5 things you need to know about Blessed Stanley Rother

Gretchen Siegel   By Gretchen Siegel for CNA

Blessed Stanley Rother during a carnival. Courtesy of Archdiocese of Oklahoma City Archives.

Denver Newsroom, Jul 28, 2021 / 06:00 am (CNA).

Not much is popularly known about Blessed Stanley Rother, the small town Oklahoma native who was declared blessed in September 2017 by the Catholic Church.

One of the newest blesseds, he became a priest and missionary at a parish in Santiago Atitlán, Guatemala. He served the local Tz’utujil people at the time of the Guatemalan civil war, where he was on a hit list and eventually assassinated on July 28, 1981.

These are five things you need to know about this American on the path to sainthood who died 40 years ago today.

  1. Blessed Stanley Rother is the first American-born martyr. 

Aside from the North American Martyrs, such as Isaac Jogues, Blessed Stanley Rother is the only martyr associated with the United States. And he is the only martyr born in the United States.

  1. He translated the New Testament into the Tz’utujil language. 

Stanley struggled academically in the seminary, especially with Latin, and eventually switched seminaries. Despite his seminary struggles, He learned both Spanish and Tz’utujil while in Guatemala where his desire to serve led him to learn the languages to connect with the people he was serving.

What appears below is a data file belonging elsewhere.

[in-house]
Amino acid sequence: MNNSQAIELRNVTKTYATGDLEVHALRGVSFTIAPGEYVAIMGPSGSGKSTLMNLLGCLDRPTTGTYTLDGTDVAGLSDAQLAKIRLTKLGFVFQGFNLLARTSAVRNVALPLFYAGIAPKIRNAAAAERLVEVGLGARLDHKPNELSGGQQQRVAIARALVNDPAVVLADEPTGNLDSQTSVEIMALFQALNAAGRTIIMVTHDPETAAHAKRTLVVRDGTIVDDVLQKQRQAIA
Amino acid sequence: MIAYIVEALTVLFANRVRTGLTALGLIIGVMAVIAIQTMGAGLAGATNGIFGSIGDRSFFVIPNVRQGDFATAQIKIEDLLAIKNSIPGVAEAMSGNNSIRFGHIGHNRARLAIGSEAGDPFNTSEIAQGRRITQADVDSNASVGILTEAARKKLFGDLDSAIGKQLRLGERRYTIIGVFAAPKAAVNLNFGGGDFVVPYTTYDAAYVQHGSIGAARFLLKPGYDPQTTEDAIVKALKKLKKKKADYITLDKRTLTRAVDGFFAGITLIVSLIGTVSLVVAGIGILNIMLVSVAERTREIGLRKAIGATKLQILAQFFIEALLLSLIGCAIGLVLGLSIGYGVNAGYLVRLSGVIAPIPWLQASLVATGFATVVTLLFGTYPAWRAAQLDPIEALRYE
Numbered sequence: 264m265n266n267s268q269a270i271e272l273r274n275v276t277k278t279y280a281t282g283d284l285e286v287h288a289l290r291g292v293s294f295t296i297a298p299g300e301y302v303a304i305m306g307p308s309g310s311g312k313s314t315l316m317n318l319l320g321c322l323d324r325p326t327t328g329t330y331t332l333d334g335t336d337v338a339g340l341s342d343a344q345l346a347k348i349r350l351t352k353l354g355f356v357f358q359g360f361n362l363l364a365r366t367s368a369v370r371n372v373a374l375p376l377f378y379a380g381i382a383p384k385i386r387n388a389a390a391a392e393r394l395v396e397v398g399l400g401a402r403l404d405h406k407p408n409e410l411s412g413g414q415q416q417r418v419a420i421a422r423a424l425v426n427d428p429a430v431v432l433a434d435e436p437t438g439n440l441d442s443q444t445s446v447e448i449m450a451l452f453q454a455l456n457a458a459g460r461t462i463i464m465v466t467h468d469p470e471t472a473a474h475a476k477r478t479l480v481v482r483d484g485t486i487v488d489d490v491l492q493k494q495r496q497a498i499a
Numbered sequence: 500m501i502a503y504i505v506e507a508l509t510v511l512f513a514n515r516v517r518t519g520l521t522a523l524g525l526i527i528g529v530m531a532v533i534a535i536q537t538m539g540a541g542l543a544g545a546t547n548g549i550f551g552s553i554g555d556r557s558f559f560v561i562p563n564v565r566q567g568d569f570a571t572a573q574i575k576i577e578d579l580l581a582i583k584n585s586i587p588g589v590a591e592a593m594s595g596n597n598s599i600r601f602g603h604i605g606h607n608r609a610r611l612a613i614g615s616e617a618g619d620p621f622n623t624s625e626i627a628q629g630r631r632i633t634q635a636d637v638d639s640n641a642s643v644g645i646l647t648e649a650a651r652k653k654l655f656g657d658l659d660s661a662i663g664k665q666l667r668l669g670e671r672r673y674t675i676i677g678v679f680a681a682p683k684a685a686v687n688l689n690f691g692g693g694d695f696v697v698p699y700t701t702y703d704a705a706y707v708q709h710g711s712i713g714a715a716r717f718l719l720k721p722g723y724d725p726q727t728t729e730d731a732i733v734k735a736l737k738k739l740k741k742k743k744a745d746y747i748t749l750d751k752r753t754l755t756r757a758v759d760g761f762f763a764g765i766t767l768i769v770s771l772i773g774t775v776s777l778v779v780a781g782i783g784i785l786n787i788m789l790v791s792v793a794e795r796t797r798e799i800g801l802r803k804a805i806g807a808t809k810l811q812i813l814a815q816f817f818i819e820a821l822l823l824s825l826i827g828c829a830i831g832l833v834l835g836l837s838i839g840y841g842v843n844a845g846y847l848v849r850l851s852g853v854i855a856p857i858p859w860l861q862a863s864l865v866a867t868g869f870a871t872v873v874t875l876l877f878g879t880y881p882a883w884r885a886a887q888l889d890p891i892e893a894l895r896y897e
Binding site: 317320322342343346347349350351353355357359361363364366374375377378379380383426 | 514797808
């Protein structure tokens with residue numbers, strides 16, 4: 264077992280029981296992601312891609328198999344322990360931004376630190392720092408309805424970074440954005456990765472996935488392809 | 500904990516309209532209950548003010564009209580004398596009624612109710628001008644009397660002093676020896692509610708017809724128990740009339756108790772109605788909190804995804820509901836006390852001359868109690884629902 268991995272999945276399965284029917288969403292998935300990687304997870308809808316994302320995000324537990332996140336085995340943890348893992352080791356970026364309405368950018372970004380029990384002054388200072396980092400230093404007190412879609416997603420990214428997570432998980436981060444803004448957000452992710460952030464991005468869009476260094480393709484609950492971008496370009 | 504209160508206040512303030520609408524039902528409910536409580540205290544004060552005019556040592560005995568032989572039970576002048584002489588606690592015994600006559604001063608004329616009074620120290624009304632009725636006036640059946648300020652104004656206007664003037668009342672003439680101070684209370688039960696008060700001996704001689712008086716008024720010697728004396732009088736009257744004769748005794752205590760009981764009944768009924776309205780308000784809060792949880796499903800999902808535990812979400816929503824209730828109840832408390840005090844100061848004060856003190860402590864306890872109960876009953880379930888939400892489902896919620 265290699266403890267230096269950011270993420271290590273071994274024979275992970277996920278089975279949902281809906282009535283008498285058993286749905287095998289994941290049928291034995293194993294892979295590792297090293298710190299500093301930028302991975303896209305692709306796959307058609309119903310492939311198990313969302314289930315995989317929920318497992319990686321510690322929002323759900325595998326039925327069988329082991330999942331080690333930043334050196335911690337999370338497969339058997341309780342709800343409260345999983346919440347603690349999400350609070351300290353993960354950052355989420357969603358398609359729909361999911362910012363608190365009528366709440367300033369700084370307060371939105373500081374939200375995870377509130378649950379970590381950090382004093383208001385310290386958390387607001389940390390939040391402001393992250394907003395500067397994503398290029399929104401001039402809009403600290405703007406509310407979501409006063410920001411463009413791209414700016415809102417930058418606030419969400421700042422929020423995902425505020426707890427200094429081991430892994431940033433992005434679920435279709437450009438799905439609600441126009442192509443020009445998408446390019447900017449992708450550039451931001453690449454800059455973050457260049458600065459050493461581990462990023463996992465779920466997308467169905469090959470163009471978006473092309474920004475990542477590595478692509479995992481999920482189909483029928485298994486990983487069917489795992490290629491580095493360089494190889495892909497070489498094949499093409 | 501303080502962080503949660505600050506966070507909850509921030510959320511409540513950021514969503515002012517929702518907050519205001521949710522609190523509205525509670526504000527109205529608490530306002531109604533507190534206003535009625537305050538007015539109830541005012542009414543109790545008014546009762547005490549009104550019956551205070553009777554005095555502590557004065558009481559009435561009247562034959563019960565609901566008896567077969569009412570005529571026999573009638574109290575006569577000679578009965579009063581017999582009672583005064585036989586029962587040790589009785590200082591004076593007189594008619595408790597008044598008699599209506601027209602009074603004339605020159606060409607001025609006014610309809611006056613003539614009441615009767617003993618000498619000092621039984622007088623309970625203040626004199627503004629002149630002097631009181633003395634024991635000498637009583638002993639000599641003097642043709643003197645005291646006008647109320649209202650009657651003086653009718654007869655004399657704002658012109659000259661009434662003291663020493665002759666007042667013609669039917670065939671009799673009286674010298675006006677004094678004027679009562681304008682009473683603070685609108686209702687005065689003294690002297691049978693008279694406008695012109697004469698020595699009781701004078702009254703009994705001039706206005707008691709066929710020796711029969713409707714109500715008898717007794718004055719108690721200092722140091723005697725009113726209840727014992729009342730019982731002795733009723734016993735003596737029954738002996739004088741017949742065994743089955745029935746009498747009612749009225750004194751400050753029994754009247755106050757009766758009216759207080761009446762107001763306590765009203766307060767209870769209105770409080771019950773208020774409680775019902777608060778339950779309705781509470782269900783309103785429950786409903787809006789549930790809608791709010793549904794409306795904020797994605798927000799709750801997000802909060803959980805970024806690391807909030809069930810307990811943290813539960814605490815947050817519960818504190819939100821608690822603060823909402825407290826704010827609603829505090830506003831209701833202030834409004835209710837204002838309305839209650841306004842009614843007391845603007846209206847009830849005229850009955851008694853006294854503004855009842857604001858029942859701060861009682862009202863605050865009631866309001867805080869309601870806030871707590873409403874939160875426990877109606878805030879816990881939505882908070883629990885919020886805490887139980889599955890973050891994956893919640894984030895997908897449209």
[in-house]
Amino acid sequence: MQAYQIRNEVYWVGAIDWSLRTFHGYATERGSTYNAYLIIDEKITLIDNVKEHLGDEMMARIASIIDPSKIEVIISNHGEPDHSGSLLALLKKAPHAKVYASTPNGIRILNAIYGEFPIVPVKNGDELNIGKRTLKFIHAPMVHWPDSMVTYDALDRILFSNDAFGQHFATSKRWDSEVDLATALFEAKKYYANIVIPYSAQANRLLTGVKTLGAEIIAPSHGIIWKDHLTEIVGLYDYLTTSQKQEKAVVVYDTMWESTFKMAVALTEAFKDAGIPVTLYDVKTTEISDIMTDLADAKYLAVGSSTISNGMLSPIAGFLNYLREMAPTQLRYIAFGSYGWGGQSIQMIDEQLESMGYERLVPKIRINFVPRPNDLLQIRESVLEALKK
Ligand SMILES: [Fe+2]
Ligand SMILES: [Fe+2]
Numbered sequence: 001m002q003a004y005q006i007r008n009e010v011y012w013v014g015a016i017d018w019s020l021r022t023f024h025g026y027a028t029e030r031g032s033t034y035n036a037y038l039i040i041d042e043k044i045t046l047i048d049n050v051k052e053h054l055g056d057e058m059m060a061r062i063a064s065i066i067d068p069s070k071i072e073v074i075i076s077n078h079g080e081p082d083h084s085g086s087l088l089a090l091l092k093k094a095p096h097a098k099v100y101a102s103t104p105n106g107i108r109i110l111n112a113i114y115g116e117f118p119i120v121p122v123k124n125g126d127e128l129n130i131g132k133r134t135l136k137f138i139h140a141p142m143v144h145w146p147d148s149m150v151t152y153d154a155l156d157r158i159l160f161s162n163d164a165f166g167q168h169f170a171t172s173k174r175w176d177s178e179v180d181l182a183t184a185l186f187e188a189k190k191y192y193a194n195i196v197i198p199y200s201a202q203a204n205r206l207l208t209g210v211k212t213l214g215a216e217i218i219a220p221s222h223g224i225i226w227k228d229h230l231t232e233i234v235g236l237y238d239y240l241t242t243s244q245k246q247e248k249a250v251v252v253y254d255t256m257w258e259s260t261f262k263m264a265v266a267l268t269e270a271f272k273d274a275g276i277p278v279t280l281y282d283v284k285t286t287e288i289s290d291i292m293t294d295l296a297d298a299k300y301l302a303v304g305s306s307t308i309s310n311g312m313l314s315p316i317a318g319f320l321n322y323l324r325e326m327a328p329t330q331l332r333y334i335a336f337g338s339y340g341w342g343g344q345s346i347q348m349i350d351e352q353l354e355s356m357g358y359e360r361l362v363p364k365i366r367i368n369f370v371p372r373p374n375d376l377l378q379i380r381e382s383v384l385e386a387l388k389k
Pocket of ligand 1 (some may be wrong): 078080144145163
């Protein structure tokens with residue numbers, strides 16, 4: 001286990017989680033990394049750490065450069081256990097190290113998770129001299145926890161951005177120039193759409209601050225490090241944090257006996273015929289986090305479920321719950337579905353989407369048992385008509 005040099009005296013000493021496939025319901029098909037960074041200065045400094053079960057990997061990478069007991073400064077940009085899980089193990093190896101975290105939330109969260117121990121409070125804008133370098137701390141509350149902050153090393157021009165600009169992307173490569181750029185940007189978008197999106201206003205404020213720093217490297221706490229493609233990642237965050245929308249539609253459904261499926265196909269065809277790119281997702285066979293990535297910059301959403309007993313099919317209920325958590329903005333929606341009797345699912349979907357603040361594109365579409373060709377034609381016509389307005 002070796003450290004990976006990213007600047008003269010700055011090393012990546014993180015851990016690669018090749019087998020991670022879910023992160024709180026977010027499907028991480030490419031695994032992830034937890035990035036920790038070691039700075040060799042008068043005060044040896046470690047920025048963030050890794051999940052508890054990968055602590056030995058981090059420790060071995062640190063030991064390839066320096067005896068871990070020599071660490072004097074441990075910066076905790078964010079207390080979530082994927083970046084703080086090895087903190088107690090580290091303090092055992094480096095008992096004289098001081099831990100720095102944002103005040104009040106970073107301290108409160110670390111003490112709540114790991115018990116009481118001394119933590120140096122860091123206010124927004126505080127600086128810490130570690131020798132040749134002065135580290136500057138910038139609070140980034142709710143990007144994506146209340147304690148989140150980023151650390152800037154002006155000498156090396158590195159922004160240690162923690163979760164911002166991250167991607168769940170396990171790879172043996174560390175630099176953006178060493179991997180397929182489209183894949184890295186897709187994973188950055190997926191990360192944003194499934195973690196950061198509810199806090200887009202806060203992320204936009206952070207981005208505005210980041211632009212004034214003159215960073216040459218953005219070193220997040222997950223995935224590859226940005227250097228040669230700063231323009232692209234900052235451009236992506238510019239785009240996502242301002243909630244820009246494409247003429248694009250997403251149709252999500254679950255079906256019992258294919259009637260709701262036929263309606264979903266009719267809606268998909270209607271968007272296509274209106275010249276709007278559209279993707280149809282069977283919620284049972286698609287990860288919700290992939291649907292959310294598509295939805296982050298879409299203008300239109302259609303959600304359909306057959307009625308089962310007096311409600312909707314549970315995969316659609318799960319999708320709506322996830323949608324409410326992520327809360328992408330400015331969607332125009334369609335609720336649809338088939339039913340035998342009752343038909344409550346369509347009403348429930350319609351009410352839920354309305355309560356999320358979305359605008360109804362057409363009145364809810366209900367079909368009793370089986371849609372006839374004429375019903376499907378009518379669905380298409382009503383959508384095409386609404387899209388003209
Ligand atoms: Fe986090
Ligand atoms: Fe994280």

1. He was a jack of all trades.

Though not academically gifted, Blessed Stanley Rother possessed skills as an electrician, plumber, and farmer, which he used to aid his people by repairing machinery and helping them implement new techniques to better their farming. He also built many buildings for the community, such as a school, hospital, and a Catholic radio station.

  1. Blessed Stanley Rother came back to his Guatemalan parish, saying “A shepherd cannot run from his flock.”

Blessed Stanley Rother faced danger to his own life in Guatemala, since his name was on a hit list. For safety, he returned to Oklahoma, where he said these words.  He went back to Guatemala for Holy Week to serve his parishioners despite the danger. Less than four months later, he was killed.

  1. Blessed Stanley Rother’s Tz’utujil parishioners have his heart. 

“At the parish, his presence is everywhere — his heart and his blood are in the church, the room that he was killed in has been converted into a chapel in his honor, the parochial school has been named after him. Blessed Rother is well-known all over town,” said Fr. Josh Mayer, a priest of the diocese of Gallup, following a visit to Guatemala in 2019 on Rother’s feast day.

After Blessed Stanley Rother’s martyrdom his body was returned to Oklahoma for burial. His Guatemalan parishioners enshrined his heart, however, since they wished to keep a part of their beloved priest.


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